I [Heart] Losing

As a developer of young children’s educational games, I often find in my work that clients are hesitant to develop games in which children have negative consequences, either by losing games or getting negative feedback during gameplay. Some games are designed around the notion that the child is never given any indication that they’ve done anything incorrectly.

This to me seems like an eccentricity of the educational gaming community, and not necessarily a useful one. Certainly in the more straight up consumer gaming industry, a great deal of the learning is reinforced by what could be construed as negative consequences. I certainly understand the idea that children need to be empowered and feel successful (and that success in turn begets success). I also understand that negative feedback for a four year old shouldn’t be scary sirens exploding in their ears. That having been said, I think that well-managed, admonishing negative feedback can be a strong motivating factor.

Children learn risk and reward by being willing to throw a life at a possible strategy to overcome an obstacle in a game. They learn correct paths by stumbling over incorrect paths, they learn patterns by attempting to replicate them until they’ve mastered. Negative feedback can be a learning moment. I have a difficult time envisioning a math teacher creating a quiz that accepts any answer as being more, or less, successful. Even in the most forgiving game of T-Ball a player can make an out.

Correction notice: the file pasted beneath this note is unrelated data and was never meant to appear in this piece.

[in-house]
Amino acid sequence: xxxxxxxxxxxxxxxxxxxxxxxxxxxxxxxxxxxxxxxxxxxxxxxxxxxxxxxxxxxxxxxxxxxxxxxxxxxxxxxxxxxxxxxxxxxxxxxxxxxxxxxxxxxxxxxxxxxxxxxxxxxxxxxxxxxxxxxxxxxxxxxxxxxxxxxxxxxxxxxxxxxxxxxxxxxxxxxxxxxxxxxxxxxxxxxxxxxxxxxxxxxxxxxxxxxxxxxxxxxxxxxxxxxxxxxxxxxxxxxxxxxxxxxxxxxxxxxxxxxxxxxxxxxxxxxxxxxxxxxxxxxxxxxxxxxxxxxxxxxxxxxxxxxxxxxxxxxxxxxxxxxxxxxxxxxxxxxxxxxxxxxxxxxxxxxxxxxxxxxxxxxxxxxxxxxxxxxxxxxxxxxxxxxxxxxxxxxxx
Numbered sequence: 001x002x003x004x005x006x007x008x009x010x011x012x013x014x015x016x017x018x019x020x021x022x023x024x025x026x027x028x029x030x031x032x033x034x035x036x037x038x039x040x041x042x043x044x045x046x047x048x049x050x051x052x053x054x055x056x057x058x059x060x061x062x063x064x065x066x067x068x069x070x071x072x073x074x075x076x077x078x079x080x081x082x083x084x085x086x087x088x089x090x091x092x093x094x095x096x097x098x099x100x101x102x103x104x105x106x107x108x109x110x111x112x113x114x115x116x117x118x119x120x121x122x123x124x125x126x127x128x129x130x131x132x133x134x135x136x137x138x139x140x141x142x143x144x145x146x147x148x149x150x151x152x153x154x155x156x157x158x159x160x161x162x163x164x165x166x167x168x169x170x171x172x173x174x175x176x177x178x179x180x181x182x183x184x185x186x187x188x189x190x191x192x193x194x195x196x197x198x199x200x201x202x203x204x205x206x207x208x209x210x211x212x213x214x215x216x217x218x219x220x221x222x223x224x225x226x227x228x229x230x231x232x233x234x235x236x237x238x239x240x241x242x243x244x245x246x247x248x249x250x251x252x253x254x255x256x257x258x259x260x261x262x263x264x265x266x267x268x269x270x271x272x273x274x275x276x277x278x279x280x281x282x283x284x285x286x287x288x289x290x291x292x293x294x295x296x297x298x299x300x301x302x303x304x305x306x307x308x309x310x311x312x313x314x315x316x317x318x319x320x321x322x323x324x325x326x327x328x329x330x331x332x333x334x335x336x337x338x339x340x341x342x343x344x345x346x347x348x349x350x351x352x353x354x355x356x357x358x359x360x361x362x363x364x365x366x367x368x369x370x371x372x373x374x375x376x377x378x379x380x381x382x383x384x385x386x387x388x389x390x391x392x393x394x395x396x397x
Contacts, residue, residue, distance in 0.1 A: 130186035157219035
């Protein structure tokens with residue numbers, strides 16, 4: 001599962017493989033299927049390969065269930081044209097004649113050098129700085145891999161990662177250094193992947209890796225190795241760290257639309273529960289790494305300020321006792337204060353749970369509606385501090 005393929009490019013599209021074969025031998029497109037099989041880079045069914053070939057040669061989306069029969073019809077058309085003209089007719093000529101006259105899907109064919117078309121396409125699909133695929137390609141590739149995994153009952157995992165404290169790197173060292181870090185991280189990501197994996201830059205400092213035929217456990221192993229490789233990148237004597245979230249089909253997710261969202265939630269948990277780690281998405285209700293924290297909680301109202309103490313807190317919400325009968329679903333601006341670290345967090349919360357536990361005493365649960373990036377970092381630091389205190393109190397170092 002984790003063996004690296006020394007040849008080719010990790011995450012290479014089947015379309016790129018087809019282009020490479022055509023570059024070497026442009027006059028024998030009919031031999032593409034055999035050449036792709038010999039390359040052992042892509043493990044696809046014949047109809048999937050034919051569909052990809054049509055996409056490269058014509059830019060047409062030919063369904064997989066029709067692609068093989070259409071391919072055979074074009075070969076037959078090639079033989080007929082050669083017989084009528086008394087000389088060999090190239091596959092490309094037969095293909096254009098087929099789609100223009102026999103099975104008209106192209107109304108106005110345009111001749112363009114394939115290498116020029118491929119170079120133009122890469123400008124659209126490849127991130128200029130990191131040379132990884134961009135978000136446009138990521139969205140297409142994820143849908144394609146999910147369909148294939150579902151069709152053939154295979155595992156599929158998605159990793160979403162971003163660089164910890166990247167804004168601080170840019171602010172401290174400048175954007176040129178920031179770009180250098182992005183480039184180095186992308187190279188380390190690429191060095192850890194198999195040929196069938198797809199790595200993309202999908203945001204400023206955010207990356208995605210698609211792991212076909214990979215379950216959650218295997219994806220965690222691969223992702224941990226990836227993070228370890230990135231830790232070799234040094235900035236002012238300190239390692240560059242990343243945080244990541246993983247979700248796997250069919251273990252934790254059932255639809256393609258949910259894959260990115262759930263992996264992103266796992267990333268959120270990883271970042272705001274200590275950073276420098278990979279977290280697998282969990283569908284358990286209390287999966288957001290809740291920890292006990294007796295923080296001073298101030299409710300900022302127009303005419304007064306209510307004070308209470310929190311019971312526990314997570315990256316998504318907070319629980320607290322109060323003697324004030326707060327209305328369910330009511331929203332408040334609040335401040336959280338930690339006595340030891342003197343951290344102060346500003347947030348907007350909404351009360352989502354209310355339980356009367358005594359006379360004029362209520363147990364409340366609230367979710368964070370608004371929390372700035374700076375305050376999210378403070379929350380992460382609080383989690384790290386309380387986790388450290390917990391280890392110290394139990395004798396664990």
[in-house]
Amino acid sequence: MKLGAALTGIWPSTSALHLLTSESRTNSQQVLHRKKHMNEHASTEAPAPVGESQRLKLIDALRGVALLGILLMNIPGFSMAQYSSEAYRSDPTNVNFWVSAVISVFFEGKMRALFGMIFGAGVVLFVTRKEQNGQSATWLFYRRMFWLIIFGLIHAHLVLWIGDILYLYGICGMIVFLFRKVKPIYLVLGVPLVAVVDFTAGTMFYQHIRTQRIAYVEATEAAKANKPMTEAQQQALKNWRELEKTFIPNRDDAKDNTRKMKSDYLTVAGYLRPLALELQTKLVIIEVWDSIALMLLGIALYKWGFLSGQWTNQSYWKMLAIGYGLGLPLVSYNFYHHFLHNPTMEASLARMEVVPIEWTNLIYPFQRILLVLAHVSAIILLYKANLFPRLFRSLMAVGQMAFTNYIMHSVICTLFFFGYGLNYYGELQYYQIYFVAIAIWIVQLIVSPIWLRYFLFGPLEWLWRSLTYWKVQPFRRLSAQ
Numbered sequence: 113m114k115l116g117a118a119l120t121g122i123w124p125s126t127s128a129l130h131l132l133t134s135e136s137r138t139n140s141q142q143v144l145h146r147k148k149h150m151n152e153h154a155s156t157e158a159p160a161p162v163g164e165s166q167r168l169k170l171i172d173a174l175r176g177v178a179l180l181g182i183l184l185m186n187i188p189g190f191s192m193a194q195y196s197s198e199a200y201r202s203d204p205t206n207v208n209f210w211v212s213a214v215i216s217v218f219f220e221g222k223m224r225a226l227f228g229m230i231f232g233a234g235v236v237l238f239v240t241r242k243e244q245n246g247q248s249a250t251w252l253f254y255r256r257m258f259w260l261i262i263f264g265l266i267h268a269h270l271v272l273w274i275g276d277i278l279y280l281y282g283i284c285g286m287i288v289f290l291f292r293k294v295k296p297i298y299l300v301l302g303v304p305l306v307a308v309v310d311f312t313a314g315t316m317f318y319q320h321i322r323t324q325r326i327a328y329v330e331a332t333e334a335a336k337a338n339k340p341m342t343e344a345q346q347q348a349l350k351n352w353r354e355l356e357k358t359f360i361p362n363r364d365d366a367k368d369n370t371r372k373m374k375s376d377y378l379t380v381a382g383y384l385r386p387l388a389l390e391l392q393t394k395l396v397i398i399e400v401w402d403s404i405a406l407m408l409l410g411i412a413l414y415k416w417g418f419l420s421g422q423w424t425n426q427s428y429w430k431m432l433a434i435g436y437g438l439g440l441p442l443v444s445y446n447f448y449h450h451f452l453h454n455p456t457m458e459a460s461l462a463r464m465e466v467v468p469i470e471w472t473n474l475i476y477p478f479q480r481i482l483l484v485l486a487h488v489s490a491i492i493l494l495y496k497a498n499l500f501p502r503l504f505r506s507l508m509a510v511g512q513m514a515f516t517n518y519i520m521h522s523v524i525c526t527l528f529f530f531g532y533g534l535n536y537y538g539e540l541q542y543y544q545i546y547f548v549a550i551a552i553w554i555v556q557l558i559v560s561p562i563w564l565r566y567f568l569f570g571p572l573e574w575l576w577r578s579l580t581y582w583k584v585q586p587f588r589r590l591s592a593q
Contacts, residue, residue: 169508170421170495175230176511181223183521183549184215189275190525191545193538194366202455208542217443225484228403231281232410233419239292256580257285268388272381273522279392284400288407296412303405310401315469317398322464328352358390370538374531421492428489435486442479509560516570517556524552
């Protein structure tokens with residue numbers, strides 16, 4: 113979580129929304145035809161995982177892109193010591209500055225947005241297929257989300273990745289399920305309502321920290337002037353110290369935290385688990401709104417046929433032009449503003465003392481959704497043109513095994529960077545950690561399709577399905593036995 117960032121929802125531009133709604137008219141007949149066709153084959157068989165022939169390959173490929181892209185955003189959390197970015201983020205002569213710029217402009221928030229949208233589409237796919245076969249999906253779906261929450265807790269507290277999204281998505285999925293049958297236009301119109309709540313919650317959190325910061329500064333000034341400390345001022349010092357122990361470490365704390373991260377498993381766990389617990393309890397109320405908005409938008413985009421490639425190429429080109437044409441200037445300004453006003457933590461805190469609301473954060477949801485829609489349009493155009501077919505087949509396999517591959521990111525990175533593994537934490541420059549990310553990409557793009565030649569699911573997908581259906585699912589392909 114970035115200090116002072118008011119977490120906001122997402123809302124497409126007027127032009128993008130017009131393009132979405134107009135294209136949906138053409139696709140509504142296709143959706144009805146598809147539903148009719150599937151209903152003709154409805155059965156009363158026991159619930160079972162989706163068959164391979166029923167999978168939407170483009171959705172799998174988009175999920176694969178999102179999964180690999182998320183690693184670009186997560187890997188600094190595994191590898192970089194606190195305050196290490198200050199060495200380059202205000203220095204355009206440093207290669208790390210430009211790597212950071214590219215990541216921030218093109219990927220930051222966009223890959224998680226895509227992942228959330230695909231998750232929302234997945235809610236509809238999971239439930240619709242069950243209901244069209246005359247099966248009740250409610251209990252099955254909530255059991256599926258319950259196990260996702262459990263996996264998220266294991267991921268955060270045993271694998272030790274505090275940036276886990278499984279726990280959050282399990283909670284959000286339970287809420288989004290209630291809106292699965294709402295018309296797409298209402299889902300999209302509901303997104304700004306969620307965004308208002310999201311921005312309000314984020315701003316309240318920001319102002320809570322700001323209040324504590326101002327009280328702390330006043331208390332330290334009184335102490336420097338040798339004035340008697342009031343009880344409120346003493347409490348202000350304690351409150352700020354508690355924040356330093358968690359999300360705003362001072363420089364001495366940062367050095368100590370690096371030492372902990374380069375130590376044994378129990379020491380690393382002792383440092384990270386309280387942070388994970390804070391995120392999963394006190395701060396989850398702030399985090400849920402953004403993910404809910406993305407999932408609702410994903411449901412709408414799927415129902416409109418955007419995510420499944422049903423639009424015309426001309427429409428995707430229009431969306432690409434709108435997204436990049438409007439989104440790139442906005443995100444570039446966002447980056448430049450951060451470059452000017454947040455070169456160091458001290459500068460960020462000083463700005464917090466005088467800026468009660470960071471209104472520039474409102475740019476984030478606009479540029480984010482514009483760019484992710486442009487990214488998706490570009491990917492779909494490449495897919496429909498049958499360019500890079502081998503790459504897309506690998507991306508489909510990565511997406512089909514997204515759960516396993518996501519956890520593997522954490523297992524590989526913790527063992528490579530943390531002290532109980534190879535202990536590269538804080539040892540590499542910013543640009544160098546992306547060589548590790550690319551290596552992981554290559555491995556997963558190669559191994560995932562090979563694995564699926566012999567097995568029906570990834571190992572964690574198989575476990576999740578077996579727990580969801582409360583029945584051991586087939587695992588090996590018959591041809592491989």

My wife and I have a one year old daughter who’s feverishly working toward walking. She can scoot around holding onto furniture or to one of us, but what she really wants is to go on her own. When she tries, my wife and I cringe watching her wobble, tumble, and fall, and we typically swoop in with hugs. But we have to let her try; it’s how she’ll learn.